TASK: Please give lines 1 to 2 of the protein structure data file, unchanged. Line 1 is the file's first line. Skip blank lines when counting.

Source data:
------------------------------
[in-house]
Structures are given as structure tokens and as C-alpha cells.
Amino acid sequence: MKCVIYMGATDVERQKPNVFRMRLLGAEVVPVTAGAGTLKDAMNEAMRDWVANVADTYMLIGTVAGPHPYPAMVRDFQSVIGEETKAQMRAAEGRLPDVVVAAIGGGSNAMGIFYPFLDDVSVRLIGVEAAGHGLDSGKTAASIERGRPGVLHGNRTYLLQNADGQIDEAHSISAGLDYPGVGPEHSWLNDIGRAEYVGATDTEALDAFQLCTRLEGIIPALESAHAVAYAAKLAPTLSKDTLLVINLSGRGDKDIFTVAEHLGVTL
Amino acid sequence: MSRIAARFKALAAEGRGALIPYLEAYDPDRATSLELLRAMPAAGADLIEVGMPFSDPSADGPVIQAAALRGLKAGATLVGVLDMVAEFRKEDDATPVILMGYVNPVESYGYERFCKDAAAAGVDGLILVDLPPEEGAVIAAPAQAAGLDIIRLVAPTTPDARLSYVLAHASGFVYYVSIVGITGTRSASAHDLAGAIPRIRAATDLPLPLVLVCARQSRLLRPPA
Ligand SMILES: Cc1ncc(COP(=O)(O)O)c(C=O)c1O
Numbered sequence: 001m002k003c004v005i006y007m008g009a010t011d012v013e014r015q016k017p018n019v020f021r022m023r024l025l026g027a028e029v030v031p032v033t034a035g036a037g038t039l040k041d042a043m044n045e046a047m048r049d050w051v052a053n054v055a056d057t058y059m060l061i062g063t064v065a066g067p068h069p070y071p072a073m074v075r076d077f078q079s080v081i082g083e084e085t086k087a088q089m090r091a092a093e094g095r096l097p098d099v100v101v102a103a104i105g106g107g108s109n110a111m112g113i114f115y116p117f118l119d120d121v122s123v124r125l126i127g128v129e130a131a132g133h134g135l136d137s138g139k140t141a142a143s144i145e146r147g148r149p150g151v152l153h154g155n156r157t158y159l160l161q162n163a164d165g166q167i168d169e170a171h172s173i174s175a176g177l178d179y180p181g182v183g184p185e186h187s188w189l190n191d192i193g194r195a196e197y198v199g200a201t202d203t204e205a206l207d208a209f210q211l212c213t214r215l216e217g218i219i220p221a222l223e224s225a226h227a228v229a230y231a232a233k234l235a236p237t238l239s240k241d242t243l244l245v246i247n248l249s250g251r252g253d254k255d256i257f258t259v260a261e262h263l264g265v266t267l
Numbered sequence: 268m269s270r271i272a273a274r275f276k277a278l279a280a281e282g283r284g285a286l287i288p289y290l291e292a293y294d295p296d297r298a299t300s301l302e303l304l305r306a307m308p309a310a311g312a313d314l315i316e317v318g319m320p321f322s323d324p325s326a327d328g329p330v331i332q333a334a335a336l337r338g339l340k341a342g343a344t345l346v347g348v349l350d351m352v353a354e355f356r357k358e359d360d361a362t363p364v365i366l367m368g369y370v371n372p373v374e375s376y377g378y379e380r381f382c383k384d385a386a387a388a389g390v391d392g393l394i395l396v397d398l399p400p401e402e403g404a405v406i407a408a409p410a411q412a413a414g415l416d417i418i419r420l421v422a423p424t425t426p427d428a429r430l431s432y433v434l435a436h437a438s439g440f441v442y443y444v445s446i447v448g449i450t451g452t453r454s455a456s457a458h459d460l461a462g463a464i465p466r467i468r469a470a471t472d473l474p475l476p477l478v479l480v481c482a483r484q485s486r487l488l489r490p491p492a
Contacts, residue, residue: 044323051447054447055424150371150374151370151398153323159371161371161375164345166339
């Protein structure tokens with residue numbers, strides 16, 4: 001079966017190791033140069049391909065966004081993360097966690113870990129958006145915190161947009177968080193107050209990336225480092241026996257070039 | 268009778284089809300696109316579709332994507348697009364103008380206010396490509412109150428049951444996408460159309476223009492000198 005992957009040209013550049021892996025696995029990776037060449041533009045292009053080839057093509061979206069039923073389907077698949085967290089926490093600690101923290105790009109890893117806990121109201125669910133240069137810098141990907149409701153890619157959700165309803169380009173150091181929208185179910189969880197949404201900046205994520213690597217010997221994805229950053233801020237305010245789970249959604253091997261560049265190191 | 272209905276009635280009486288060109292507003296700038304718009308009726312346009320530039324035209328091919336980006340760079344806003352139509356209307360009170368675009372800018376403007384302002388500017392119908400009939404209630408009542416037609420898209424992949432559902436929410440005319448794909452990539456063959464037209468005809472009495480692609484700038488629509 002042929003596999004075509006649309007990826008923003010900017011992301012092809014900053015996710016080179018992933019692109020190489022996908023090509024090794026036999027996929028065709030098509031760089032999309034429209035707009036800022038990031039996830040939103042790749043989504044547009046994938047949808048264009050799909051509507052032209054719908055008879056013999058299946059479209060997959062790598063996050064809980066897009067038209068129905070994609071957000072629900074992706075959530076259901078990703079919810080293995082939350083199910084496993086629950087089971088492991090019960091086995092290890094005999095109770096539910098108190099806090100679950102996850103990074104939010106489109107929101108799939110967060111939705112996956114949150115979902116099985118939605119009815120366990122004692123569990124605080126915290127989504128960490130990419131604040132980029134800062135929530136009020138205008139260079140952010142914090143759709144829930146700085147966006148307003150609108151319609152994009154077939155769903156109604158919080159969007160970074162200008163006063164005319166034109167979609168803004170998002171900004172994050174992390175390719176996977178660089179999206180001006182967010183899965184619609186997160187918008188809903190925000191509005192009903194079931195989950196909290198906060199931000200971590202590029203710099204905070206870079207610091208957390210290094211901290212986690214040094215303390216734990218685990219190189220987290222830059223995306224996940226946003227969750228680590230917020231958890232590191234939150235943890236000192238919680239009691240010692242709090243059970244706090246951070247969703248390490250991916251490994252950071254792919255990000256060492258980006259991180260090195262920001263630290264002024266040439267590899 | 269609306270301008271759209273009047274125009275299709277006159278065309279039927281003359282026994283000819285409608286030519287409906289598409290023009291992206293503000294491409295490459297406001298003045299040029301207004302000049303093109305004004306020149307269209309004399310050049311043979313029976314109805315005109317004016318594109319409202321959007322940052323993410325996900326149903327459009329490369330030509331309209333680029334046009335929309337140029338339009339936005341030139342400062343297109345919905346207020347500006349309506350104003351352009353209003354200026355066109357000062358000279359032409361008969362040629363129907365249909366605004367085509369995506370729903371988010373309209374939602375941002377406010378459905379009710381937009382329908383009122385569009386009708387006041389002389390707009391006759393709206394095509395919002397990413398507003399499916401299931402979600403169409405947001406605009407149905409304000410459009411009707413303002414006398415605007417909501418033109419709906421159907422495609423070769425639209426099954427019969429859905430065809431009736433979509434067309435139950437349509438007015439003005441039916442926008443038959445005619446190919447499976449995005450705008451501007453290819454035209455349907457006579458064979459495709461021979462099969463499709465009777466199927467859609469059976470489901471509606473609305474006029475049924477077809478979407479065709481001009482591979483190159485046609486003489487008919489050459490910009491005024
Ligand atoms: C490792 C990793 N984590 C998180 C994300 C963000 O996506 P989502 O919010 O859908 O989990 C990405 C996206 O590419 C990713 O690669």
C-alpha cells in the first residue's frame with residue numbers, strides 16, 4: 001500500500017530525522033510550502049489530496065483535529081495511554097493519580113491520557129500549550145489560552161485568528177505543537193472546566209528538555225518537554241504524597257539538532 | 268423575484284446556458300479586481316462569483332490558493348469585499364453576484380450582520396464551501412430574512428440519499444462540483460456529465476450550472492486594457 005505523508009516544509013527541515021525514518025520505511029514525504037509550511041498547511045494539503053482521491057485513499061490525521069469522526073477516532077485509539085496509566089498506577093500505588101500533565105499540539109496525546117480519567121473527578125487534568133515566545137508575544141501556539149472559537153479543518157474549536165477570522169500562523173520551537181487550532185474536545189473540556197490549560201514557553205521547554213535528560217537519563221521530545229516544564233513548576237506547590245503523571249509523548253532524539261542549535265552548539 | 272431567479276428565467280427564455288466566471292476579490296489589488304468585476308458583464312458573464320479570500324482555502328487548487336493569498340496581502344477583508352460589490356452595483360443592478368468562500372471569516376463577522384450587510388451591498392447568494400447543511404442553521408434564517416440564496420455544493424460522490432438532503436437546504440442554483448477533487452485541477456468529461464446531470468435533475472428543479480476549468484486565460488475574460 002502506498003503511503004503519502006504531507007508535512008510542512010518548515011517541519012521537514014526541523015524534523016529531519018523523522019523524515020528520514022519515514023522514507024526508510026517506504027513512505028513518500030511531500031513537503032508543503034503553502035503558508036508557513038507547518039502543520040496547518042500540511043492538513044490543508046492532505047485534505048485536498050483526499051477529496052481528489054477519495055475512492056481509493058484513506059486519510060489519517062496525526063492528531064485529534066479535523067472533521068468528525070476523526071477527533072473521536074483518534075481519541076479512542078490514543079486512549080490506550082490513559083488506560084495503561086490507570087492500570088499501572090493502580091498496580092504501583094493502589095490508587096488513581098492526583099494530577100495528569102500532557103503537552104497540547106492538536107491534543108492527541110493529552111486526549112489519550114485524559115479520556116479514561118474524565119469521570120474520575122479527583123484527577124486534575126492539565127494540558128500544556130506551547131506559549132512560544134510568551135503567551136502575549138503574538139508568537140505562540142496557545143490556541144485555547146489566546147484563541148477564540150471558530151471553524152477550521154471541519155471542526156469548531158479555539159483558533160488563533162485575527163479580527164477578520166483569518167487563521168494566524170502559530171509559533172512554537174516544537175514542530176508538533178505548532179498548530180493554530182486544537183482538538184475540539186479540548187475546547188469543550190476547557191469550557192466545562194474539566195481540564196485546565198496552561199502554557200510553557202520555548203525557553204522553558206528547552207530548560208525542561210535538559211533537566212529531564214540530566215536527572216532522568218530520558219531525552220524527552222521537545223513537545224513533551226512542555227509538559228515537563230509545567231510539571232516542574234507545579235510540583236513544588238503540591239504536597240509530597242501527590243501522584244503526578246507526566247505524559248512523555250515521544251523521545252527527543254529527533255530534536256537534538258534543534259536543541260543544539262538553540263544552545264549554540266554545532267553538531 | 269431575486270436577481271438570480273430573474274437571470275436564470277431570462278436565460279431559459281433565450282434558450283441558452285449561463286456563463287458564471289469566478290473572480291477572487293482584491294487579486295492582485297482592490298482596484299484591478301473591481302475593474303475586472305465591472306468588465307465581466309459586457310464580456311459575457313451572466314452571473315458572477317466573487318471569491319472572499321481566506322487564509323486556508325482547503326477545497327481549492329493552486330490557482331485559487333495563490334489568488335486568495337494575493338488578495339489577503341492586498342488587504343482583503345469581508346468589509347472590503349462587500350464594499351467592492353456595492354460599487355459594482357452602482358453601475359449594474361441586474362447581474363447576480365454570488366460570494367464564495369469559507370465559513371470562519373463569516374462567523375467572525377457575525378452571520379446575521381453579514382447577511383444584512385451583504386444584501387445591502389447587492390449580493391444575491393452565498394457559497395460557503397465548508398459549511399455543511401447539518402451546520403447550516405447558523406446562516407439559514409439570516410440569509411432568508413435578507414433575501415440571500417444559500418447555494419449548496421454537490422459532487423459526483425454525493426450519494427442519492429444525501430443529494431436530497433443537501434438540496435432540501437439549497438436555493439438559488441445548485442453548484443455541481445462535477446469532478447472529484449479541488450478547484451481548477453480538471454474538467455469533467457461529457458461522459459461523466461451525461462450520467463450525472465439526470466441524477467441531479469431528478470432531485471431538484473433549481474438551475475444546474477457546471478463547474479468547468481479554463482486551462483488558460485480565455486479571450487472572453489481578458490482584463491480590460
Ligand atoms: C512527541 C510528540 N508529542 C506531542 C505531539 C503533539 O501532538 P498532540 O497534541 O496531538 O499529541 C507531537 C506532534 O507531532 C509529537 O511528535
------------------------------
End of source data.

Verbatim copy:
[in-house]
Structures are given as structure tokens and as C-alpha cells.